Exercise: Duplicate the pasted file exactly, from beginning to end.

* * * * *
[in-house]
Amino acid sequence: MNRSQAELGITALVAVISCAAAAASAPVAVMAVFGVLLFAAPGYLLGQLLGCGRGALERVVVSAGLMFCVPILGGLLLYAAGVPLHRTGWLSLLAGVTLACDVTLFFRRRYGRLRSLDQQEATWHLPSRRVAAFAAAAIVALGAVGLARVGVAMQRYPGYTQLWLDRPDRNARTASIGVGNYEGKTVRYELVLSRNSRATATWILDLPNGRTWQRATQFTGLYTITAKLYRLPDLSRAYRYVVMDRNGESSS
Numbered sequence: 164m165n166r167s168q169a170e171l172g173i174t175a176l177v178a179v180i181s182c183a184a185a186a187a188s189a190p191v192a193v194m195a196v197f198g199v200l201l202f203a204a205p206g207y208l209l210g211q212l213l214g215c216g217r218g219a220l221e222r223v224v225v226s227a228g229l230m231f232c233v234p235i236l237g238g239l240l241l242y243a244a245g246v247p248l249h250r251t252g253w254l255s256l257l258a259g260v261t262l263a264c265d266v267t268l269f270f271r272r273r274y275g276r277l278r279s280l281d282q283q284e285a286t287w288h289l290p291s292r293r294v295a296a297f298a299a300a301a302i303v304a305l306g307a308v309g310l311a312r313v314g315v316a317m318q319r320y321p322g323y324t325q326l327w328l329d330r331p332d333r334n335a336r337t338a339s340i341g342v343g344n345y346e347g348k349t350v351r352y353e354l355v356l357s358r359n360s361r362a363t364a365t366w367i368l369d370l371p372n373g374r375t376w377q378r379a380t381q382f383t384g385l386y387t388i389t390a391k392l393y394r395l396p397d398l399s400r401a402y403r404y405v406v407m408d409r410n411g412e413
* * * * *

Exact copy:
[in-house]
Amino acid sequence: MNRSQAELGITALVAVISCAAAAASAPVAVMAVFGVLLFAAPGYLLGQLLGCGRGALERVVVSAGLMFCVPILGGLLLYAAGVPLHRTGWLSLLAGVTLACDVTLFFRRRYGRLRSLDQQEATWHLPSRRVAAFAAAAIVALGAVGLARVGVAMQRYPGYTQLWLDRPDRNARTASIGVGNYEGKTVRYELVLSRNSRATATWILDLPNGRTWQRATQFTGLYTITAKLYRLPDLSRAYRYVVMDRNGESSS
Numbered sequence: 164m165n166r167s168q169a170e171l172g173i174t175a176l177v178a179v180i181s182c183a184a185a186a187a188s189a190p191v192a193v194m195a196v197f198g199v200l201l202f203a204a205p206g207y208l209l210g211q212l213l214g215c216g217r218g219a220l221e222r223v224v225v226s227a228g229l230m231f232c233v234p235i236l237g238g239l240l241l242y243a244a245g246v247p248l249h250r251t252g253w254l255s256l257l258a259g260v261t262l263a264c265d266v267t268l269f270f271r272r273r274y275g276r277l278r279s280l281d282q283q284e285a286t287w288h289l290p291s292r293r294v295a296a297f298a299a300a301a302i303v304a305l306g307a308v309g310l311a312r313v314g315v316a317m318q319r320y321p322g323y324t325q326l327w328l329d330r331p332d333r334n335a336r337t338a339s340i341g342v343g344n345y346e347g348k349t350v351r352y353e354l355v356l357s358r359n360s361r362a363t364a365t366w367i368l369d370l371p372n373g374r375t376w377q378r379a380t381q382f383t384g385l386y387t388i389t390a391k392l393y394r395l396p397d398l399s400r401a402y403r404y405v406v407m408d409r410n411g412e413